In most situations, a law firm's clients' identities do not deserve privilege protection. But as with so many other general privilege rules, there are exceptions.
In Berman v. Holland & Knight LLP, plaintiffs claimed that Holland & Knight "lured them into investing millions of dollars in a bogus tax shelter scheme by giving them knowingly false legal advice in opinion letters." Index No. 652466/2015, 2022 N.Y. Slip Op 30402(U), at *1 (N.Y. Sup. Ct. Feb. 4, 2022). They sought the identity of other Holland & Knight clients who received the firm's advice in connection with the same tax shelters. The court rejected plaintiffs' discovery effort, condemning it as "a reconnaissance mission." Id. at *8. Acknowledging that a law firm's clients' identities normally do not deserve privilege protection, the court noted that plaintiff's discovery "seeks more than just the identities of Holland & Knight clients; it seeks the identities of a sub-set of clients, based on whether those clients received certain advice from the firm." Id. at *4.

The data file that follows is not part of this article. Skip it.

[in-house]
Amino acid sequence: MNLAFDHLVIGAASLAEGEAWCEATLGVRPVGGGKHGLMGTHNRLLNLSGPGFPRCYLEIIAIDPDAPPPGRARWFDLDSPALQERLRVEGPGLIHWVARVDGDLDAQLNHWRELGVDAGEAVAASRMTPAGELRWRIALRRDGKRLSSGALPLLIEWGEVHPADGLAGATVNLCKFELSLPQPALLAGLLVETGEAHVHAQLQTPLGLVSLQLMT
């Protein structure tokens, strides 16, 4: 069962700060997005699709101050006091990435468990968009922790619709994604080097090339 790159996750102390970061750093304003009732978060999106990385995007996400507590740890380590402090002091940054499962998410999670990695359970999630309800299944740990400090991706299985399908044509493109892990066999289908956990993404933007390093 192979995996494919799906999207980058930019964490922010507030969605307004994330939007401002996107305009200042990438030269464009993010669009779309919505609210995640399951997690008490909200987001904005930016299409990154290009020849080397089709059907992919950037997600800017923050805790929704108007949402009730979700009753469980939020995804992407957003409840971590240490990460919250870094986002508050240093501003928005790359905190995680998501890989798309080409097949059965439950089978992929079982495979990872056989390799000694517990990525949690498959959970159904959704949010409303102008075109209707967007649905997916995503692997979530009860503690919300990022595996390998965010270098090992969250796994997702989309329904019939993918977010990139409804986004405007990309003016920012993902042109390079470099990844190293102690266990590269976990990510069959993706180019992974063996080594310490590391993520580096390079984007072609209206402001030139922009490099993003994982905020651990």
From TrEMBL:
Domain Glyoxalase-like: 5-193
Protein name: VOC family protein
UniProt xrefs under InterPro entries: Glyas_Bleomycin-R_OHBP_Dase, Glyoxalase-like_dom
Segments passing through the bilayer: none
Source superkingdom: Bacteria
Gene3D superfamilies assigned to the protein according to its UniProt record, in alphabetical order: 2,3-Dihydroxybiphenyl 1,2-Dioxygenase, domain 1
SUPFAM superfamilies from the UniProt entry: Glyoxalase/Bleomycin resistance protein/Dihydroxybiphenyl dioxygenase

Respected law firms like Holland & Knight should take comfort in such common-sense application of the general inapplicability of privilege protection for their clients' identities.